* Court backs EU regulator's 2008 decision to fine Microsoft
* Microsoft says disappointed, mum on appeal
* More conciliatory approach now with EU regulators
* Case could boost Commission in Google, Samsung patent
By Foo Yun Chee
LUXEMBOURG, June 27 Microsoft Corp lost
its appeal against an EU decision penalising it for defying an
antitrust ruling, bringing nearer to an end a decade-long battle
with the European Commission over the U.S. software group's
Antitrust experts said the verdict by the General Court,
Europe's second-highest, may strengthen the Commission's hand in
ongoing cases against Google, Samsung Electronics
and Motorola Mobility related to their patents.
Judges at the General Court reduced Microsoft's fine by 4.3
percent to 860 million euros ($1.1 billion) from the 899 million
imposed in 2008. The 2008 fine - about $1.3 billion at the time
- amounted to just over 2 percent of Microsoft's revenue for the
fiscal year ended June 30, 2008.
The European Commission imposed the penalty four years ago -
a record at the time - after Microsoft defied an antitrust
ruling issued four years previously to provide information to
make business easier for its rivals.
The EU regulator said at the time Microsoft delayed
implementing its order for 488 days.
"The General Court essentially upholds the Commission's
decision imposing a periodic penalty payment on Microsoft for
failing to allow its competitors access to interoperability
information on reasonable terms," the court said in a statement
But it cut the fine "to take account of the fact that the
Commission had permitted Microsoft to apply, until Sept. 17,
2007, restrictions concerning the distribution of 'open source'
Microsoft expressed disappointment at the verdict but did
not say if it would appeal to the EU Court of Justice, Europe's
"Although the General Court slightly reduced the fine, we
are disappointed with the court's ruling," the company said in a
The Commission welcomed the court ruling.
"The judgment confirms that the imposition of such penalty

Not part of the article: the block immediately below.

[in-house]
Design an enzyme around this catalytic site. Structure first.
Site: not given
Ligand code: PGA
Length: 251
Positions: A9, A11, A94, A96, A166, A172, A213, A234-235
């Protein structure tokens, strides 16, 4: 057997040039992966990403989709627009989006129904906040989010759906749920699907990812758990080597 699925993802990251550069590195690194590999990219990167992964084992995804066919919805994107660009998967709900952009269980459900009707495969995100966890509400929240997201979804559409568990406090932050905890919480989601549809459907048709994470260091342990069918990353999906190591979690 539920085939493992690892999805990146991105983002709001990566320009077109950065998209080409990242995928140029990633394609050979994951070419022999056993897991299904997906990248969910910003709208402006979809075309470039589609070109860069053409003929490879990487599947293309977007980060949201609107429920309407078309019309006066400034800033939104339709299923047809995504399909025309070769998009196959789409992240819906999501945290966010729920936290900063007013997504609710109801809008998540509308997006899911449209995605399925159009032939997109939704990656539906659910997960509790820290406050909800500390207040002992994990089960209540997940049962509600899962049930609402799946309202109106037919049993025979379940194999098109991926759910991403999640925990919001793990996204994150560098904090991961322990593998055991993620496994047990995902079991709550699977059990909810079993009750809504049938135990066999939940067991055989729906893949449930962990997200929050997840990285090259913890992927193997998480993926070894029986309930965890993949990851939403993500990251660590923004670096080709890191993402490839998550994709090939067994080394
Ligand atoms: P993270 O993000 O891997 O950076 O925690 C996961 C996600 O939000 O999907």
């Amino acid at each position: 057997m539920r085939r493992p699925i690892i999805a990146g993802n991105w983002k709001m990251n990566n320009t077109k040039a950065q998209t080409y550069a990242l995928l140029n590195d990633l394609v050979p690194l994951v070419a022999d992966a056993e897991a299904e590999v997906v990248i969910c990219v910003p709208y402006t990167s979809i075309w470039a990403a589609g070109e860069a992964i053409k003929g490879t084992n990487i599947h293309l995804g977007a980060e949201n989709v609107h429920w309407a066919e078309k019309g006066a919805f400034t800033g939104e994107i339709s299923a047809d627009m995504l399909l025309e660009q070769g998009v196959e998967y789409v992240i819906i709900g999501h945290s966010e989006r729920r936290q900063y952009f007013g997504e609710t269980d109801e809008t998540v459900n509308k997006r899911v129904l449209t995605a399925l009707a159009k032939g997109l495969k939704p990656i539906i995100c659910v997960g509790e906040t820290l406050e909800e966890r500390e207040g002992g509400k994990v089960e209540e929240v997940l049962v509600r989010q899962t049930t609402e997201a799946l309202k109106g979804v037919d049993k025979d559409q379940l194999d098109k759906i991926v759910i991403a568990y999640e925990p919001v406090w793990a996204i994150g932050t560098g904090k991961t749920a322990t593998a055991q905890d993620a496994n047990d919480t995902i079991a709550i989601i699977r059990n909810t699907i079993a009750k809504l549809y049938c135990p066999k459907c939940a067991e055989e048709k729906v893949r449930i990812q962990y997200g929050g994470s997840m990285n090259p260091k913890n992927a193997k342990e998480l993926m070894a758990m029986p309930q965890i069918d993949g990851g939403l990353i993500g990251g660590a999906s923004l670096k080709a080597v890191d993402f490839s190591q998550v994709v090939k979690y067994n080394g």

payments remains an important tool at the Commission's
disposal," EU Competition Commissioner Joaquin Almunia, who
enforces antitrust regulations, said in a statement.
Big companies on the Commission's radar should take note of
the court ruling, said Michael Reynolds, a partner at Allen &
Overy. The law firm represented Sun Microsystems, whose original
complaint triggered off the EU probe.
"Dominant companies such as Google will take notice of this
in the way they handle their case and how they come to a
settlement," he said.
Last month, Almunia gave the world's most popular search
engine until early July to settle an 18-month probe and avoid a
fine that could reach up to 10 percent of its global turnover.
Reynolds said the ruling also clarifies the regulator's role
regarding the setting of fair and reasonable prices, the core of
the Commission's investigations into patent cases involving
Google, Samsung and Huawei.
"It does make clear that the Commission is not there to make
specific orders on rates, it is up to the companies to satisfy
the Commission that they are not infringing the law," he said.
The Microsoft case highlighted the prickly relations between
the software giant and the European Commission over the last
The company has in recent years taken a more conciliatory
approach, marked by a decision to settle another antitrust
investigation in 2009 related to the choice of a browser in its
Windows operating system.
It has also lodged its own complaints to the Commission
about the business activities of Google.